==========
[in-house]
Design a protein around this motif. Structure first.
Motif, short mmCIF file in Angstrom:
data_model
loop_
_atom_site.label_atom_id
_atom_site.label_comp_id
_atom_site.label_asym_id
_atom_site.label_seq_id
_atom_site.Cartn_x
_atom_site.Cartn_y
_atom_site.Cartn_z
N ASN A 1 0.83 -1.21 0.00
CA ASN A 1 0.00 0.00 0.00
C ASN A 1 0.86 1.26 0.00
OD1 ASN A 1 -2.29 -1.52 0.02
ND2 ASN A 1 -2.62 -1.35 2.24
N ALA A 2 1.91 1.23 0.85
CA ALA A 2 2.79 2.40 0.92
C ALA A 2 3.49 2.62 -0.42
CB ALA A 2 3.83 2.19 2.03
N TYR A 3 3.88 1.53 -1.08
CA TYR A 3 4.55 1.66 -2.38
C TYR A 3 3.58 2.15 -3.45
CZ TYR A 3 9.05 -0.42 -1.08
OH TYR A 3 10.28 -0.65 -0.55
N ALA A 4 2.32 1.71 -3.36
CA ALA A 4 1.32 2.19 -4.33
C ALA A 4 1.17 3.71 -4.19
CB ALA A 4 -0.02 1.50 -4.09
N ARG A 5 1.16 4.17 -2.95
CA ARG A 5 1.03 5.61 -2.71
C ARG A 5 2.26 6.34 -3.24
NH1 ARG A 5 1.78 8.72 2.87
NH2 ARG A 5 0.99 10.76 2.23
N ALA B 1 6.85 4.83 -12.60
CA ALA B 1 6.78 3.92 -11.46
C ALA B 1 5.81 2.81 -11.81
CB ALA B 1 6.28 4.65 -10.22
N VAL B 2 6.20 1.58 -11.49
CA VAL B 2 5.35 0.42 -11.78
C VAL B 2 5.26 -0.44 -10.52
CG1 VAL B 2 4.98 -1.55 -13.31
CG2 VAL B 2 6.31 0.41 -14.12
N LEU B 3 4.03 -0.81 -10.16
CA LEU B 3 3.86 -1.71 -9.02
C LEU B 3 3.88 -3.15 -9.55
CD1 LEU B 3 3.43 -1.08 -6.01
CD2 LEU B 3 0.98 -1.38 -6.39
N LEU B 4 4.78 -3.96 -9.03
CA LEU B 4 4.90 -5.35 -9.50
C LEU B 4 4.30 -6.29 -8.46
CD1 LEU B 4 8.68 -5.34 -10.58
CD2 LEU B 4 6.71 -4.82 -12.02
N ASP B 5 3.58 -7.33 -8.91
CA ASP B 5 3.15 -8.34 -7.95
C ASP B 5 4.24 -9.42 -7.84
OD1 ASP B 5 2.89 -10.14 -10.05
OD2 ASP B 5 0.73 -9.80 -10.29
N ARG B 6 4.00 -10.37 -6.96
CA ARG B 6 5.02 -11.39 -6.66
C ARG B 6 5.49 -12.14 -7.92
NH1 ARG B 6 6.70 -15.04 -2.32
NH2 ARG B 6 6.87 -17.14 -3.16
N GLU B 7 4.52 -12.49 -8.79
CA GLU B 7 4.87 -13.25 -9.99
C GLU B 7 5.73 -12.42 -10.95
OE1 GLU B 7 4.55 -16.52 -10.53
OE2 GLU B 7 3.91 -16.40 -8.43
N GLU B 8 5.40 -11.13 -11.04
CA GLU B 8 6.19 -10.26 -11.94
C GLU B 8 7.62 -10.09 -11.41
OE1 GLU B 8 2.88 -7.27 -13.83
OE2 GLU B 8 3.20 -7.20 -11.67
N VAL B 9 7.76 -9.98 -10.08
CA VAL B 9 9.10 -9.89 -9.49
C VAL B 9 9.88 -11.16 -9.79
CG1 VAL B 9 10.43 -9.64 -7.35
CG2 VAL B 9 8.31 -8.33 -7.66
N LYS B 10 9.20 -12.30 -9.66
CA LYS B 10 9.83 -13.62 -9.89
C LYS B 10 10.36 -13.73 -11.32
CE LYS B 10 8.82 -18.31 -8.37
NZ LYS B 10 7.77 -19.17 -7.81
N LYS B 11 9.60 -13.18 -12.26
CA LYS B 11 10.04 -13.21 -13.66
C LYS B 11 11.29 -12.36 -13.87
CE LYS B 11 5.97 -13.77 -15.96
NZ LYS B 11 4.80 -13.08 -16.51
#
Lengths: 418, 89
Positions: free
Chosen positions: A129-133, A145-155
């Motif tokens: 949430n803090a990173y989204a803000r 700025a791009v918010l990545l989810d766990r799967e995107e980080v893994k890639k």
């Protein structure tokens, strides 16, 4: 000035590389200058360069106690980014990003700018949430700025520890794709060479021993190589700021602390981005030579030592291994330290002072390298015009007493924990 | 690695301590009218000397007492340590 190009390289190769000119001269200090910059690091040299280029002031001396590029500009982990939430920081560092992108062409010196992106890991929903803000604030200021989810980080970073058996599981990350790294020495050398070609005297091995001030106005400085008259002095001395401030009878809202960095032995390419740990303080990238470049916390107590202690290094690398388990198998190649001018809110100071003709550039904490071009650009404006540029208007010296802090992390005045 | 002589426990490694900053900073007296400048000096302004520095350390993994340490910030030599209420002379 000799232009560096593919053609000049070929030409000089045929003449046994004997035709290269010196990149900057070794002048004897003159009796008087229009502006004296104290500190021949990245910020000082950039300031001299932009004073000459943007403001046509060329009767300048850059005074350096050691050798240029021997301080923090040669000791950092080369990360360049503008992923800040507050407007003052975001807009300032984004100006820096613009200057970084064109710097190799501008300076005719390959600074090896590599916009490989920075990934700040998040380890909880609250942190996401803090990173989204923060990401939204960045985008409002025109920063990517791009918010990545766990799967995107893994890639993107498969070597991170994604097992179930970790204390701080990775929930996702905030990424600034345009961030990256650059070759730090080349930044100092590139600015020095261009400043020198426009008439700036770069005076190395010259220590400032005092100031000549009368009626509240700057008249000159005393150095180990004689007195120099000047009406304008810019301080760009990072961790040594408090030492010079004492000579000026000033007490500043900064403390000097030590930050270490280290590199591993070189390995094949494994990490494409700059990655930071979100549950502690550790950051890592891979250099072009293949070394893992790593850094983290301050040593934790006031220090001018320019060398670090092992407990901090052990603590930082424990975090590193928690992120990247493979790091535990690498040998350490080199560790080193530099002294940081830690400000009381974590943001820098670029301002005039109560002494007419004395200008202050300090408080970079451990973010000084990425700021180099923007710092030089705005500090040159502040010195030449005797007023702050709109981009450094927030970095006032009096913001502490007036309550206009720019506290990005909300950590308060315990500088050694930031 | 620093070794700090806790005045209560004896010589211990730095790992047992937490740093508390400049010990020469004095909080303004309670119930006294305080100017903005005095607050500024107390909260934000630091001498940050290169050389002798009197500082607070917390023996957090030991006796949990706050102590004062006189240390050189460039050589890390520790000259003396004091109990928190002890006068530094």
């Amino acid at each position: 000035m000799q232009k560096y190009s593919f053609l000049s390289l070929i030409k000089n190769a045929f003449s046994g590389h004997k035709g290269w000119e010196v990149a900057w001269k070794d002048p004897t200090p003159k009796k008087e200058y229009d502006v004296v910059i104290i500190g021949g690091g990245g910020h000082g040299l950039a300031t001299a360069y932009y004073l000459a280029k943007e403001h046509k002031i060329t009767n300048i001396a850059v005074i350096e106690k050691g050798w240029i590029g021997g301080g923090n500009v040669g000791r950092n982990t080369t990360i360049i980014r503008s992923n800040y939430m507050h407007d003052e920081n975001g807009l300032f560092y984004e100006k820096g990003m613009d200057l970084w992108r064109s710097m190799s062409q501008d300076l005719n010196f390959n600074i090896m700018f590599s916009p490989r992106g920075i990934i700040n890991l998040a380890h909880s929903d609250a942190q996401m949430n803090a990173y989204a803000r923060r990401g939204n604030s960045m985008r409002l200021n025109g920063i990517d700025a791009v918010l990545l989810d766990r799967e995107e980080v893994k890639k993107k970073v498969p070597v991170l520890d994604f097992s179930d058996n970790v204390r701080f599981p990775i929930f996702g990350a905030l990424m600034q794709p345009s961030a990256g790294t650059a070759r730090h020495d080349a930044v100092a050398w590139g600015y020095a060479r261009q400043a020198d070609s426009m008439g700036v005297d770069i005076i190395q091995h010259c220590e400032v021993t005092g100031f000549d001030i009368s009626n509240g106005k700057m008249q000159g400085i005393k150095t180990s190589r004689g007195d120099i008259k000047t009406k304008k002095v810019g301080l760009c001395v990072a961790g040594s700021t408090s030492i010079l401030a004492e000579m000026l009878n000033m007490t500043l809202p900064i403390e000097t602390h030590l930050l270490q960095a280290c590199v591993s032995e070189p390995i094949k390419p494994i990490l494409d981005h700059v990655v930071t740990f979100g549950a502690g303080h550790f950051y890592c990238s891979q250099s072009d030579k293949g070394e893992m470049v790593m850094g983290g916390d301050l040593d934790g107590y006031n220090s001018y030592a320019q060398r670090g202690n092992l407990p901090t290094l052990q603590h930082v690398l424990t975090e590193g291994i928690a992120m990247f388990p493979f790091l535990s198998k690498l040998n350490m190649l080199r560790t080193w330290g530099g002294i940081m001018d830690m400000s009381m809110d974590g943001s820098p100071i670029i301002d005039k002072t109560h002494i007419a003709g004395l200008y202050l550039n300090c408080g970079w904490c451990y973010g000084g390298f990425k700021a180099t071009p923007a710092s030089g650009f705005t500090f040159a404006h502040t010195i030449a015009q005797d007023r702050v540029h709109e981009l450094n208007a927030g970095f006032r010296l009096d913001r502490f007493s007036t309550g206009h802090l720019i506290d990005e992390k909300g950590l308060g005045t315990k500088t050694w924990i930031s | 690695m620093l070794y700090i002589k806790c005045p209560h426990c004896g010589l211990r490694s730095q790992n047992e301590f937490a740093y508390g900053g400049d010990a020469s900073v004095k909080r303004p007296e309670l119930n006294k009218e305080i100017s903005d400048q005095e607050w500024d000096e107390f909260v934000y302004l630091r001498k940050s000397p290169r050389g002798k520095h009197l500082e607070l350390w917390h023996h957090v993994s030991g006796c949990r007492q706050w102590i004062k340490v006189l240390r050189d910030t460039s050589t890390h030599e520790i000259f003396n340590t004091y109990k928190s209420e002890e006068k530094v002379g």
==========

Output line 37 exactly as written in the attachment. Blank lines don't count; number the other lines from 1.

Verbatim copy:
CA ALA B 1 6.78 3.92 -11.46